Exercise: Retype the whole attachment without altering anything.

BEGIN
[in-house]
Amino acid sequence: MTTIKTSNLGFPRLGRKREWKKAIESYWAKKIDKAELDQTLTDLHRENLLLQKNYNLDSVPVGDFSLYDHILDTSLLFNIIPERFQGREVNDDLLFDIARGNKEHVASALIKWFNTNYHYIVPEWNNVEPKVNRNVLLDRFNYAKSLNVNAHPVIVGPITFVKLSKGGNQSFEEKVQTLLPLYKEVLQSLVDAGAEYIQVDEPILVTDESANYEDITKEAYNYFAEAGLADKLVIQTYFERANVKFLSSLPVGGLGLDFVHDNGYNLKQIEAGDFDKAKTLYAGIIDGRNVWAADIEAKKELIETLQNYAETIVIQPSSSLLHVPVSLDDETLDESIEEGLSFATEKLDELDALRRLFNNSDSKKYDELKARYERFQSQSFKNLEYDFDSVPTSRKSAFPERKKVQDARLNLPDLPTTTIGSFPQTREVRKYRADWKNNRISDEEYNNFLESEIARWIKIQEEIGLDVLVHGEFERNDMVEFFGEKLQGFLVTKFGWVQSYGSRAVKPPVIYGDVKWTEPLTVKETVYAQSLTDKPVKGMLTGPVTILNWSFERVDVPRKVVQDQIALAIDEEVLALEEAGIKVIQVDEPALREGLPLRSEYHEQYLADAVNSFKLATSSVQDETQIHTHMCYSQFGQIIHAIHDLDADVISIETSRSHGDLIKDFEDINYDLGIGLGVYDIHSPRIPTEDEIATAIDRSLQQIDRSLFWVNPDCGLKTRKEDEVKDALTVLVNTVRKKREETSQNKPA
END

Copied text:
[in-house]
Amino acid sequence: MTTIKTSNLGFPRLGRKREWKKAIESYWAKKIDKAELDQTLTDLHRENLLLQKNYNLDSVPVGDFSLYDHILDTSLLFNIIPERFQGREVNDDLLFDIARGNKEHVASALIKWFNTNYHYIVPEWNNVEPKVNRNVLLDRFNYAKSLNVNAHPVIVGPITFVKLSKGGNQSFEEKVQTLLPLYKEVLQSLVDAGAEYIQVDEPILVTDESANYEDITKEAYNYFAEAGLADKLVIQTYFERANVKFLSSLPVGGLGLDFVHDNGYNLKQIEAGDFDKAKTLYAGIIDGRNVWAADIEAKKELIETLQNYAETIVIQPSSSLLHVPVSLDDETLDESIEEGLSFATEKLDELDALRRLFNNSDSKKYDELKARYERFQSQSFKNLEYDFDSVPTSRKSAFPERKKVQDARLNLPDLPTTTIGSFPQTREVRKYRADWKNNRISDEEYNNFLESEIARWIKIQEEIGLDVLVHGEFERNDMVEFFGEKLQGFLVTKFGWVQSYGSRAVKPPVIYGDVKWTEPLTVKETVYAQSLTDKPVKGMLTGPVTILNWSFERVDVPRKVVQDQIALAIDEEVLALEEAGIKVIQVDEPALREGLPLRSEYHEQYLADAVNSFKLATSSVQDETQIHTHMCYSQFGQIIHAIHDLDADVISIETSRSHGDLIKDFEDINYDLGIGLGVYDIHSPRIPTEDEIATAIDRSLQQIDRSLFWVNPDCGLKTRKEDEVKDALTVLVNTVRKKREETSQNKPA